Vol. IX — No. 40 October 6, 1968
Matthew 28:20; Acts 2:38; Acts 22:16; Romans 6:3-4; Galatians 3:26-27; Ephesians 5:25-26; Titus 3:5-7; 1 Peter 1:21; Acts 8:35-38; Mark 16:16
Go ye therefore, and make disciples of all nations, baptising them in the name of the Father, and of the Son, and of the Holy Ghost. Matthew 28:20.
Then Peter said unto them, Recent, and be baptized everyone of you in the name of Jesus Christ for the remission of sins, and ye shall receive the gift of the Holy Ghost. Acts 2:38.
Arise, and be baptized, and wash away thy sins, calling on the name of the Lord. Acts 22:16.
Know ye not, that so many of us as were baptized into Jesus Christ were baptized into his death? Therefore we are buried with him by baptism into death: that like as Christ was raised up from the dead by the glory of the Father, even so we also should walk in newness of life. Romans 6:3-4.
For ye are all the children of God by faith in Christ Jesus. For as many of you as have been baptized into Christ have put on Christ. Galatians 3:26-27.
Husbands, love your wives, even as Christ also loved the church, and gave himself for it; That he might sanctity and cleanse it with the washing of water by the word. Ephesians 5:25-26.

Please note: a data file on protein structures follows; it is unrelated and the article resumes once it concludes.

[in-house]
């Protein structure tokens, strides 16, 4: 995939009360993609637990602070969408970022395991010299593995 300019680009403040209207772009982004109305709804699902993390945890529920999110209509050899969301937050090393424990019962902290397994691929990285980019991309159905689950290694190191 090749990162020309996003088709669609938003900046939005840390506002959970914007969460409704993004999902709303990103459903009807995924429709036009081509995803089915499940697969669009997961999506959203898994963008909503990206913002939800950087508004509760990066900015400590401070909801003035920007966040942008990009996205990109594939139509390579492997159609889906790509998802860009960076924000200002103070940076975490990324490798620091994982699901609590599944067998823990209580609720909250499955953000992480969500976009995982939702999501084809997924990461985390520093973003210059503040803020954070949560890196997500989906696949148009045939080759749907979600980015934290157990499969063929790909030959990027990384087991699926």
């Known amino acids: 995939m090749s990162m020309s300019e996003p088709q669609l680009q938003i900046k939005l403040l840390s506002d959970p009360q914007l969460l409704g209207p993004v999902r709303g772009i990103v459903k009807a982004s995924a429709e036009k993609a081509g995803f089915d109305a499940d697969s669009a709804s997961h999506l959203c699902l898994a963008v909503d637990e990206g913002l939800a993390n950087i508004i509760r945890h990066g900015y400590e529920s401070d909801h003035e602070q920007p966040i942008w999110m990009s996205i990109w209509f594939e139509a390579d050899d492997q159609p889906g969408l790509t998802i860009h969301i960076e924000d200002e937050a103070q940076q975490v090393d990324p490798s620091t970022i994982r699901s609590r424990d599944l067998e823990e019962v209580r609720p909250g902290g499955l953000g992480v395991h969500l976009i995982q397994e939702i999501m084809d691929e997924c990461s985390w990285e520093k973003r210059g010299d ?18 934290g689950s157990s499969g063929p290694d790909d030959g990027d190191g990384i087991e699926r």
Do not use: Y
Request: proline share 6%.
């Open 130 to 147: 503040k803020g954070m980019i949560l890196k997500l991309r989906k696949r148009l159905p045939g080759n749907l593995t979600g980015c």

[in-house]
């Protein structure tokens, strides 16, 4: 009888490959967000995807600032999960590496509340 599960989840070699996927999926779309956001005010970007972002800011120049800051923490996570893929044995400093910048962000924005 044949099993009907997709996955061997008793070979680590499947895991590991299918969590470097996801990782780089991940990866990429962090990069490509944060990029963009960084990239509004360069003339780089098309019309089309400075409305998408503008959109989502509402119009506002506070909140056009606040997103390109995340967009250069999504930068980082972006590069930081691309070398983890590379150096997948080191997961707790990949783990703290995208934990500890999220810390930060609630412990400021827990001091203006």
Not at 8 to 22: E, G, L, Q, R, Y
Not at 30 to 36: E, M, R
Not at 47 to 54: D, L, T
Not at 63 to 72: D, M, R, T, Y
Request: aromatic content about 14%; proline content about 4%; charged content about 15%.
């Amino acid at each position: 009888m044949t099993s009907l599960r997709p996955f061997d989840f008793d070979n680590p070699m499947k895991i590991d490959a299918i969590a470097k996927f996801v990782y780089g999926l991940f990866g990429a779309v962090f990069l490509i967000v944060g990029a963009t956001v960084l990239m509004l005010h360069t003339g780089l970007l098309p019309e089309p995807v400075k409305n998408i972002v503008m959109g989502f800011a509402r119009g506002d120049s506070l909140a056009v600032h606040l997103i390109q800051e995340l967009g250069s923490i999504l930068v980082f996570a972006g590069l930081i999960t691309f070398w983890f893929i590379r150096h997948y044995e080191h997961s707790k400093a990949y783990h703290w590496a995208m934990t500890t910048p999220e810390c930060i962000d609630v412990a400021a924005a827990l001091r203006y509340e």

Not by works of righteousness which we have done, but according to his mercy he saved us, by the washing of regeneration, and renewing of the Holy Ghost; Which he shed on us abundantly through Jesus Christ our Savior; That being justified by his grace, we should be made heirs according to the hope of eternal life. Titus 3:5-7.
The like figure whereunto even baptism doth also now save us (not the putting away of the filth of the flesh, but the answer (pledge) of a good conscience toward God,) by the resurrection of Jesus Christ. I Peter 1:21.
Acts 8:35-38 - the baptism of the Ethiopean eunoch.
He that believeth and is baptized shall be saved; but he that believeth not shall be damned. Mark 16:16.
In Christ Jesus, who instituted baptism as a means for distributing the blessings of His life, death and resurrection upon all nations, Fellow Redeemed:
We begin this morning with a prayer: Holy Spirit,. Spirit of all wisdom and knowledge and understanding, be active upon our hearts and minds this morning to the end that we, through Thy Word, may grow in understanding and appreciation of Holy Baptism. Amen.